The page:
phylum class subclass order monotypic order suborder family


Buttonquails are small birds that are short and thick in build. They have small heads, short necks, short legs, and almost no tail. Unlike most birds, buttonquails have only three toes; the hind toe is absent. Buttonquails have short bills that vary between slender (in species that eat mostly insects) and stout (in species that eat mostly seeds). Buttonquails vary in size from 4 to 9 inches (10 to 23 centimeters) in length and 0.7 to 5.3 ounces (20 to 150 grams) in weight.

Buttonquails tend to be brownish, grayish, or dullish red in color. Their backs are often mottled, that is, covered with spots or splotches, or irregularly striped, helping them to blend in against their habitat. The breast, however, is often red or black and white. Buttonquail females are larger and more brightly colored than the males.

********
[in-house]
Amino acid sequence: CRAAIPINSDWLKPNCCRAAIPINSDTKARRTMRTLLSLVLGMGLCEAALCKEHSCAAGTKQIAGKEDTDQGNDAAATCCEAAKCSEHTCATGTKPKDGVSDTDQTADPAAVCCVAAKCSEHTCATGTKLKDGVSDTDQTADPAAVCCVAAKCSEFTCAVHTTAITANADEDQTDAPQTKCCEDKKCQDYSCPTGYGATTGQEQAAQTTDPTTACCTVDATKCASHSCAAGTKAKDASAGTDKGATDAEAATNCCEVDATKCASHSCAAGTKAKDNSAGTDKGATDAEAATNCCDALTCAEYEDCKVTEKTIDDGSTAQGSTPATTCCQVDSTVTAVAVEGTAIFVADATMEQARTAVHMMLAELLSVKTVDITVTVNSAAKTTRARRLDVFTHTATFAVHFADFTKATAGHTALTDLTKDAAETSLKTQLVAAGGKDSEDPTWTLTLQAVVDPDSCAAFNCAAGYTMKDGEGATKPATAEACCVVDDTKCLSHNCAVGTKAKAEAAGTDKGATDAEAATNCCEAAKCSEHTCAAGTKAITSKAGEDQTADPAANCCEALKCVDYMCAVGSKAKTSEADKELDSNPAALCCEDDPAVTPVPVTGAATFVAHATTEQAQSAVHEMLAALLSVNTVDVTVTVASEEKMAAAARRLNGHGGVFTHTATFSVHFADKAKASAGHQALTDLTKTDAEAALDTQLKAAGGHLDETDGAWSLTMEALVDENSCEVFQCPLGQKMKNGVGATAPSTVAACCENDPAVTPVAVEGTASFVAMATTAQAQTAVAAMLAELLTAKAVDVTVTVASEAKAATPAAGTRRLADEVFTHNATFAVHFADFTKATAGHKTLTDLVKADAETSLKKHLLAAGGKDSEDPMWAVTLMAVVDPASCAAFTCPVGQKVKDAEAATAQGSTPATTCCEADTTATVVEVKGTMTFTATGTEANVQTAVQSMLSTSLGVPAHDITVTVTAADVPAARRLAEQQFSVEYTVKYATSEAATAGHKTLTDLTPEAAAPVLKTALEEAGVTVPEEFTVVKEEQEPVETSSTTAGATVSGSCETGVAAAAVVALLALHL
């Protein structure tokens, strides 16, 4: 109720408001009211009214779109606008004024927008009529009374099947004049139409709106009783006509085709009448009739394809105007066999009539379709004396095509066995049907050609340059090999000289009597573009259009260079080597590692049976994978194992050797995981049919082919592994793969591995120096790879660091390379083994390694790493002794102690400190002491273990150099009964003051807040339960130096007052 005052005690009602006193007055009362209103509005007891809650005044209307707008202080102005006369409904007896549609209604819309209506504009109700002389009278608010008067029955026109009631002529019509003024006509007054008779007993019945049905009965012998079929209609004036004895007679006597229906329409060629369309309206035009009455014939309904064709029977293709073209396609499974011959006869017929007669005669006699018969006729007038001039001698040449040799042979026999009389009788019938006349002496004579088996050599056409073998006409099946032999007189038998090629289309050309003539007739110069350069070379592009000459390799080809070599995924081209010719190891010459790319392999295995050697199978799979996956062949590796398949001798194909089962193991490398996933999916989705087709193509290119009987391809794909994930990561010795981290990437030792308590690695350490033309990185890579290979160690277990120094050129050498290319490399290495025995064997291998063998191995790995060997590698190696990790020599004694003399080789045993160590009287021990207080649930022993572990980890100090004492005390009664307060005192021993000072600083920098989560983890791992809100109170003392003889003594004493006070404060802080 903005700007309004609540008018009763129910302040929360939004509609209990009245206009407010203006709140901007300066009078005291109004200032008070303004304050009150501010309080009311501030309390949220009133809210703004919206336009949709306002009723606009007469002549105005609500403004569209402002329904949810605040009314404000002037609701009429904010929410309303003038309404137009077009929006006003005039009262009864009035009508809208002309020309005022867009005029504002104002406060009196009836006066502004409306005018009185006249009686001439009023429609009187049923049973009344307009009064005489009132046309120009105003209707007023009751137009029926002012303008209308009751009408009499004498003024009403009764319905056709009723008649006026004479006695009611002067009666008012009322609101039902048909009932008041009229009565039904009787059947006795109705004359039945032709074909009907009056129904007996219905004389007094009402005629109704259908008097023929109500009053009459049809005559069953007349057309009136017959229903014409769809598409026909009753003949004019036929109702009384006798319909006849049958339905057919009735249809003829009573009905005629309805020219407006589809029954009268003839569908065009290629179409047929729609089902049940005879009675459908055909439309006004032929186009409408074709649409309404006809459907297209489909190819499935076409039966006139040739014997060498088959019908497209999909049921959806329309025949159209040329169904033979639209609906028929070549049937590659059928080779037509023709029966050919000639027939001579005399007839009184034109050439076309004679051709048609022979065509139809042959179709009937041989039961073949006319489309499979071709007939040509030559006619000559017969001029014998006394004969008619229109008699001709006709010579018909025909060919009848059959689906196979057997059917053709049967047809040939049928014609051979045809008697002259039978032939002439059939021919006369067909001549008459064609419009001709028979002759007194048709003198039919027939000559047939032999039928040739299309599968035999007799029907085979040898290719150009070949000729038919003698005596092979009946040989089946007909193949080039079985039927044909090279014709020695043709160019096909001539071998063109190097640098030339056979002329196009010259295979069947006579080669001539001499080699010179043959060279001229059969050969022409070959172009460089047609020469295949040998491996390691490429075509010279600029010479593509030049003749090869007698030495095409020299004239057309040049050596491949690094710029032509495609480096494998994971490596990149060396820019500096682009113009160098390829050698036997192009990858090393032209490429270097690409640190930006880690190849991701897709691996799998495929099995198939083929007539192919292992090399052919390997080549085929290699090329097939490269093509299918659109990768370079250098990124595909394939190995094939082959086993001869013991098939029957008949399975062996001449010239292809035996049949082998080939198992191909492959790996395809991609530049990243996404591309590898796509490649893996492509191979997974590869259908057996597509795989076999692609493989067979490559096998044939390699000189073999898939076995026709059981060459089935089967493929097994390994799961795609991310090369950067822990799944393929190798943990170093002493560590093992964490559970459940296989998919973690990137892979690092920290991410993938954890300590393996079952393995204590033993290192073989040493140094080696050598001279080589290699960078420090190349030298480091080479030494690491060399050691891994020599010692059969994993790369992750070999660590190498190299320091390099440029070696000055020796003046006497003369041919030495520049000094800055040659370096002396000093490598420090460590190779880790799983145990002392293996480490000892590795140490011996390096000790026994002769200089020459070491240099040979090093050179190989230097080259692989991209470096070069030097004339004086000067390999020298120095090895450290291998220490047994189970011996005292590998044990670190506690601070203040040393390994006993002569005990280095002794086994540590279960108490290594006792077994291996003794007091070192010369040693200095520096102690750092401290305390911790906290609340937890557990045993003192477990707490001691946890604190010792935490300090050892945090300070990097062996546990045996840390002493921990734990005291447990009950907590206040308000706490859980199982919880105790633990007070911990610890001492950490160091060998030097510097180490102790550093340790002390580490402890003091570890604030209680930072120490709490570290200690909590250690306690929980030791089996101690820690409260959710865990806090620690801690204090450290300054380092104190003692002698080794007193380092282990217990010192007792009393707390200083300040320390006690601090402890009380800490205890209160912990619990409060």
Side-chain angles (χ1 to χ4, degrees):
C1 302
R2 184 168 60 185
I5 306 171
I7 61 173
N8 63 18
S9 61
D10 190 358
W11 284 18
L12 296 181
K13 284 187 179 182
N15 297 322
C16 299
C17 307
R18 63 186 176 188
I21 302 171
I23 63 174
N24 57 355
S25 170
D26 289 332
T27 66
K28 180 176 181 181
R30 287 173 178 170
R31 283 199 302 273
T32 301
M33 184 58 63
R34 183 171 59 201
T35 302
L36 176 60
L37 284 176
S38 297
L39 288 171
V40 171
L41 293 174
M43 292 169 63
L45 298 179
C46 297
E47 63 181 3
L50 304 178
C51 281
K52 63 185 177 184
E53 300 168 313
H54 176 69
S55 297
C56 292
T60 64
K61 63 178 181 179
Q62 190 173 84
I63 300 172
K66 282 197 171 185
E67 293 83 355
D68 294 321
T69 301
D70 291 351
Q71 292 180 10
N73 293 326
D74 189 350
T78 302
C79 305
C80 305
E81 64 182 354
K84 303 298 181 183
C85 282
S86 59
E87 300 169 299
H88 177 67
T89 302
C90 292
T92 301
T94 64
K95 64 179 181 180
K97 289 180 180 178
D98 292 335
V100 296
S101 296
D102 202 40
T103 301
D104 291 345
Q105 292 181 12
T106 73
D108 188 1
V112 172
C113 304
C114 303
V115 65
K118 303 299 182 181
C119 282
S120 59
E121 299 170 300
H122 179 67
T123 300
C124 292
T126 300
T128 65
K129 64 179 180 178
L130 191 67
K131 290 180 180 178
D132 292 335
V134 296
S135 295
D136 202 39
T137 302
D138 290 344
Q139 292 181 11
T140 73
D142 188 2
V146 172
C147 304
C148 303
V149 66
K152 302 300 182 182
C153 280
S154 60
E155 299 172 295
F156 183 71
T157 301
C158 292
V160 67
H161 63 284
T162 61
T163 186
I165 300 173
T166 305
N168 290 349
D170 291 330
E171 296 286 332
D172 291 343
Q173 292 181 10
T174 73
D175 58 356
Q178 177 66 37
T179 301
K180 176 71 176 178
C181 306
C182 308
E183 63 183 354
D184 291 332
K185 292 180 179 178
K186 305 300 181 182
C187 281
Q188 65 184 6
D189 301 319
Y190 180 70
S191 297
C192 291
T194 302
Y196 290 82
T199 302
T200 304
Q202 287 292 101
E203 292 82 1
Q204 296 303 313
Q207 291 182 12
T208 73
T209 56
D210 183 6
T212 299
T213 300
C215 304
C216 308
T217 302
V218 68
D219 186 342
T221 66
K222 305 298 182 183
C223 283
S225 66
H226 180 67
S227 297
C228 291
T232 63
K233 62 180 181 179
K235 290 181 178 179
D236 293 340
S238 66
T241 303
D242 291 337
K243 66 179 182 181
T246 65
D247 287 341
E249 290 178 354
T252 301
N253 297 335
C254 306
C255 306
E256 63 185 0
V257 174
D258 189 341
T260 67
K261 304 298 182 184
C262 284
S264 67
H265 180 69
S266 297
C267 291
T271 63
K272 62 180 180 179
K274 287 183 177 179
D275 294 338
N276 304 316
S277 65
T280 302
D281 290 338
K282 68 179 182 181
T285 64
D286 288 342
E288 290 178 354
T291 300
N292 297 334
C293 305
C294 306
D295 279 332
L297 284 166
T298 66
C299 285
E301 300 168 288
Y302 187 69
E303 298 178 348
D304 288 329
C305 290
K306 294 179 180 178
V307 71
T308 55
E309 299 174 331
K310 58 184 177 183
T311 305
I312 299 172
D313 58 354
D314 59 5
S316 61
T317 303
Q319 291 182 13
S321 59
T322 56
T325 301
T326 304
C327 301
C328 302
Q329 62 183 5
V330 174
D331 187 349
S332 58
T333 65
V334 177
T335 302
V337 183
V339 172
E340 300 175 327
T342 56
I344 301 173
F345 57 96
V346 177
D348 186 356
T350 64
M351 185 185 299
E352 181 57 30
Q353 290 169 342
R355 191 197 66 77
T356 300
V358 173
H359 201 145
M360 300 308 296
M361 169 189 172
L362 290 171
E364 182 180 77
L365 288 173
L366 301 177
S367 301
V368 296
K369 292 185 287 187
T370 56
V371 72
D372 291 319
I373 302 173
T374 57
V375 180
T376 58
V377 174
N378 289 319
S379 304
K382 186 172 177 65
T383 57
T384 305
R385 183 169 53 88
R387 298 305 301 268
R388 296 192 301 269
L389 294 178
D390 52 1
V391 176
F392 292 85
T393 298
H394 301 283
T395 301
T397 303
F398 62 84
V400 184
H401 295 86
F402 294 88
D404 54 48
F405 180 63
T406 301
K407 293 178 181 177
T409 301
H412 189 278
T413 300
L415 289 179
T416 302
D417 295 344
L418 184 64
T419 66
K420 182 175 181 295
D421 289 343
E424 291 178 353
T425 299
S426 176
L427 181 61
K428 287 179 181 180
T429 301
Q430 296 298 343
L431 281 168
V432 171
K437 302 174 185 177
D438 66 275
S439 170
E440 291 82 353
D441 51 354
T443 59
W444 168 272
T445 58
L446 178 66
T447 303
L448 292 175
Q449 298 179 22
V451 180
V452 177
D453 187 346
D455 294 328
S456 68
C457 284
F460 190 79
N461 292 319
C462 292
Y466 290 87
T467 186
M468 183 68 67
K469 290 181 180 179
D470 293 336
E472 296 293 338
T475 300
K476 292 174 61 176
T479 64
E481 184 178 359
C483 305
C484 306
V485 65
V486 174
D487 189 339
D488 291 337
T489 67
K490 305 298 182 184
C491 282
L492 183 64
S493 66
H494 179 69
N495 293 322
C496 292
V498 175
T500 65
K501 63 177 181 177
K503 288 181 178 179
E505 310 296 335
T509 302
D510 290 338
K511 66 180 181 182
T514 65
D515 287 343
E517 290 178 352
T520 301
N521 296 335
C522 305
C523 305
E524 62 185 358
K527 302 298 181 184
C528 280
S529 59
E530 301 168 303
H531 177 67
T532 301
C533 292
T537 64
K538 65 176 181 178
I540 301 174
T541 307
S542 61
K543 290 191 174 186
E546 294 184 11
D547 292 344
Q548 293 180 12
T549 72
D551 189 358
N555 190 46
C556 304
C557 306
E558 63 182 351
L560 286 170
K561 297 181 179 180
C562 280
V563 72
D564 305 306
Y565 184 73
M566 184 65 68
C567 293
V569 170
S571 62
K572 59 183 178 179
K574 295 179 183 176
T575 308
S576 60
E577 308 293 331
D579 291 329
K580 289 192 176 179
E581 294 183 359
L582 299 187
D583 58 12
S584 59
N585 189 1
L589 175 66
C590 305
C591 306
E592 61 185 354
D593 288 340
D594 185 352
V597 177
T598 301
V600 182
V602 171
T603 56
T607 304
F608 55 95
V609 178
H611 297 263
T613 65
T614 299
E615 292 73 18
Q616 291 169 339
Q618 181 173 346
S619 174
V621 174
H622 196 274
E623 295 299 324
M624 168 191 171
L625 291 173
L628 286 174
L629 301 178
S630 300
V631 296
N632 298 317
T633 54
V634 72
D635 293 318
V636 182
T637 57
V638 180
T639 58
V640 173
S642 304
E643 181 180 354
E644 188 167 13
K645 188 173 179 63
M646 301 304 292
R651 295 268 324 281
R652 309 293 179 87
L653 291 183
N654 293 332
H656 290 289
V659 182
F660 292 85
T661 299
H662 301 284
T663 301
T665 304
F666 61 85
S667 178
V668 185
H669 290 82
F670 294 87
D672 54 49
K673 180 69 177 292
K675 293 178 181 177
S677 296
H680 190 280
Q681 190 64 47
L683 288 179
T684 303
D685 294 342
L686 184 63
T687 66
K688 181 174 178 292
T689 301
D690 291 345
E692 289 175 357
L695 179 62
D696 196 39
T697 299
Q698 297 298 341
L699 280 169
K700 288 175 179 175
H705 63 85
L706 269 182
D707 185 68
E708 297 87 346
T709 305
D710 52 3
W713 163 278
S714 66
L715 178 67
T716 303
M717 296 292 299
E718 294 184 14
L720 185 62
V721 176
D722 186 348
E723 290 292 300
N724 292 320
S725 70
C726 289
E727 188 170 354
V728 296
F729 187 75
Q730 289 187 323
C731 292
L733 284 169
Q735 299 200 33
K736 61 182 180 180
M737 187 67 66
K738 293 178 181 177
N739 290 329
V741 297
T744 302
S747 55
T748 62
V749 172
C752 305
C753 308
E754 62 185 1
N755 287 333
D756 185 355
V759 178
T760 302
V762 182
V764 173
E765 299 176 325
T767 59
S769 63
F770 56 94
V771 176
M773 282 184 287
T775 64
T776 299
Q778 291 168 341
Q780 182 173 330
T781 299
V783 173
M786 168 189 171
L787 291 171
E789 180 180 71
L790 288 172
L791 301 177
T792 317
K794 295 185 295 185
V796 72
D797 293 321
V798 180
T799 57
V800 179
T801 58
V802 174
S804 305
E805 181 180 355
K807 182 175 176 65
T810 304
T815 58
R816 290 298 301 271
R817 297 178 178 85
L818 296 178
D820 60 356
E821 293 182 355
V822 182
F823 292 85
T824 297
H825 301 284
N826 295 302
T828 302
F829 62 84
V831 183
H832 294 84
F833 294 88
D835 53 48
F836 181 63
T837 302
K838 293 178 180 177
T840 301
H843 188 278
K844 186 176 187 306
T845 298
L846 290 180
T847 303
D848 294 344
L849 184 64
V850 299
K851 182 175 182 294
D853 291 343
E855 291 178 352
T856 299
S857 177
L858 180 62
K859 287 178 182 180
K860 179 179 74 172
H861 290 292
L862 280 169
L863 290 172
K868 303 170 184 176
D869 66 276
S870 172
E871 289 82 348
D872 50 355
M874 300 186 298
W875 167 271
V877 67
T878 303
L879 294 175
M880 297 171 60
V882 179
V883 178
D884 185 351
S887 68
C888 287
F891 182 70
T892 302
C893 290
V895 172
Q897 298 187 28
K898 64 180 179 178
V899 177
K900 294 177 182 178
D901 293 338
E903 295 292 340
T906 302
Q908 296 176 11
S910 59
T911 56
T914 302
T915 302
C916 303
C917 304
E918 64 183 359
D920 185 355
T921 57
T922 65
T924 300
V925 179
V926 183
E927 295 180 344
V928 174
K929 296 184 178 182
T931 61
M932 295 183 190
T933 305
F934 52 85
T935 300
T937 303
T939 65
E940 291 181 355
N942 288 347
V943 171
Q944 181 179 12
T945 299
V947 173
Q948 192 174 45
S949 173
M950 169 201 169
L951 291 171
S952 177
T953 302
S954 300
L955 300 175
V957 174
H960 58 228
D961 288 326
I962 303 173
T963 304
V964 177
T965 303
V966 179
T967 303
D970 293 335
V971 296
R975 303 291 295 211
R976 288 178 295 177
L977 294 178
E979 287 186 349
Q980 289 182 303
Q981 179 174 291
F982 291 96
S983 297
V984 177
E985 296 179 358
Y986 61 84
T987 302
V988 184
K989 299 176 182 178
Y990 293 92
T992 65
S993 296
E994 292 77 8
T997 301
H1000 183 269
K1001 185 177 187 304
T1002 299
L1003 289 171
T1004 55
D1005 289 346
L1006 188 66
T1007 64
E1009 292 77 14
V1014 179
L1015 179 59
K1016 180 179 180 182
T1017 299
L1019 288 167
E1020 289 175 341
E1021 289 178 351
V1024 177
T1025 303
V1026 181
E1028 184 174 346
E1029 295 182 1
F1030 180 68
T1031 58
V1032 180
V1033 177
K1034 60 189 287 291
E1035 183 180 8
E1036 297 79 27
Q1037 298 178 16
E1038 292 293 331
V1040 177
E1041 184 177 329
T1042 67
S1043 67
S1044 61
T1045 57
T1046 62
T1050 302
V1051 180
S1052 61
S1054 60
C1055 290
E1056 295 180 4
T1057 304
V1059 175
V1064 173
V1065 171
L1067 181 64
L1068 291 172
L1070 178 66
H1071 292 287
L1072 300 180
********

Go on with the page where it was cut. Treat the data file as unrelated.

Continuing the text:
Buttonquails are found in southern Europe, Africa, south and Southeast Asia, Australia, and the Solomon Islands.


Buttonquails live in grassland, brush, and some forest habitats. Although they can fly, they live almost exclusively on the ground, often in grasses or amid crops or weeds.


Buttonquails are primarily seed-eaters. However, they may also eat plant material, insects, and snails. In order to help grind up their food, buttonquails also swallow a small amount of sand. They find their food on the ground, in litter (the layer of leaves and other material covering the ground), and in low vegetation. In many species, individuals have a distinctive foraging (food hunting) behavior of standing on one foot while scratching the ground with the other, turning in a circle.

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